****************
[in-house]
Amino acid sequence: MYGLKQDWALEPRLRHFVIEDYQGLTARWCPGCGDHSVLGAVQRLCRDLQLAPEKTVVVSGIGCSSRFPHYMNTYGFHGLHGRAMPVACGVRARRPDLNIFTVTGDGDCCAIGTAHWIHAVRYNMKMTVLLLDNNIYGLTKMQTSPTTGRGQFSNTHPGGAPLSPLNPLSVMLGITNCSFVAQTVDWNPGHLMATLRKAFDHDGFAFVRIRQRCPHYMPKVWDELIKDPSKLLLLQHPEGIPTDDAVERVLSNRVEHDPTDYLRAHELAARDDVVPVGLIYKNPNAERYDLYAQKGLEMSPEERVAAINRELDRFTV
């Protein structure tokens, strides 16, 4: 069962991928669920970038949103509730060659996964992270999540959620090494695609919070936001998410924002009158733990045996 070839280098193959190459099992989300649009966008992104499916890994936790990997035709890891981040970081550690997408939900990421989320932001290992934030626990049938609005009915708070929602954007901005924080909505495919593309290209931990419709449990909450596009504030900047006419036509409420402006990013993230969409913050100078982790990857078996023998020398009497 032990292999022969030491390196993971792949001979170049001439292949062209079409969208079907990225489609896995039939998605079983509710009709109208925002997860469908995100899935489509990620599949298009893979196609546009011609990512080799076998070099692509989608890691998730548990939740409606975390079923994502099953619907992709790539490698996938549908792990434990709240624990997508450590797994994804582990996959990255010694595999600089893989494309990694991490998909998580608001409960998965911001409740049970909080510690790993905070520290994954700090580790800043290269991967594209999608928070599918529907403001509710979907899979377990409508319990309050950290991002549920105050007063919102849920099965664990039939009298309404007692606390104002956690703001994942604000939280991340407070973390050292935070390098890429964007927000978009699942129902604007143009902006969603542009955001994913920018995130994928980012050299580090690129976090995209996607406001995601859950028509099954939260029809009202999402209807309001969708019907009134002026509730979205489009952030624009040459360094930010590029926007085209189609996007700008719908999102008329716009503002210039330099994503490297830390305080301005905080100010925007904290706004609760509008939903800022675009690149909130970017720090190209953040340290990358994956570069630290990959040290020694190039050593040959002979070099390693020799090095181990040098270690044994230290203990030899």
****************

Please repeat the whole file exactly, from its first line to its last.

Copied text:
[in-house]
Amino acid sequence: MYGLKQDWALEPRLRHFVIEDYQGLTARWCPGCGDHSVLGAVQRLCRDLQLAPEKTVVVSGIGCSSRFPHYMNTYGFHGLHGRAMPVACGVRARRPDLNIFTVTGDGDCCAIGTAHWIHAVRYNMKMTVLLLDNNIYGLTKMQTSPTTGRGQFSNTHPGGAPLSPLNPLSVMLGITNCSFVAQTVDWNPGHLMATLRKAFDHDGFAFVRIRQRCPHYMPKVWDELIKDPSKLLLLQHPEGIPTDDAVERVLSNRVEHDPTDYLRAHELAARDDVVPVGLIYKNPNAERYDLYAQKGLEMSPEERVAAINRELDRFTV
């Protein structure tokens, strides 16, 4: 069962991928669920970038949103509730060659996964992270999540959620090494695609919070936001998410924002009158733990045996 070839280098193959190459099992989300649009966008992104499916890994936790990997035709890891981040970081550690997408939900990421989320932001290992934030626990049938609005009915708070929602954007901005924080909505495919593309290209931990419709449990909450596009504030900047006419036509409420402006990013993230969409913050100078982790990857078996023998020398009497 032990292999022969030491390196993971792949001979170049001439292949062209079409969208079907990225489609896995039939998605079983509710009709109208925002997860469908995100899935489509990620599949298009893979196609546009011609990512080799076998070099692509989608890691998730548990939740409606975390079923994502099953619907992709790539490698996938549908792990434990709240624990997508450590797994994804582990996959990255010694595999600089893989494309990694991490998909998580608001409960998965911001409740049970909080510690790993905070520290994954700090580790800043290269991967594209999608928070599918529907403001509710979907899979377990409508319990309050950290991002549920105050007063919102849920099965664990039939009298309404007692606390104002956690703001994942604000939280991340407070973390050292935070390098890429964007927000978009699942129902604007143009902006969603542009955001994913920018995130994928980012050299580090690129976090995209996607406001995601859950028509099954939260029809009202999402209807309001969708019907009134002026509730979205489009952030624009040459360094930010590029926007085209189609996007700008719908999102008329716009503002210039330099994503490297830390305080301005905080100010925007904290706004609760509008939903800022675009690149909130970017720090190209953040340290990358994956570069630290990959040290020694190039050593040959002979070099390693020799090095181990040098270690044994230290203990030899």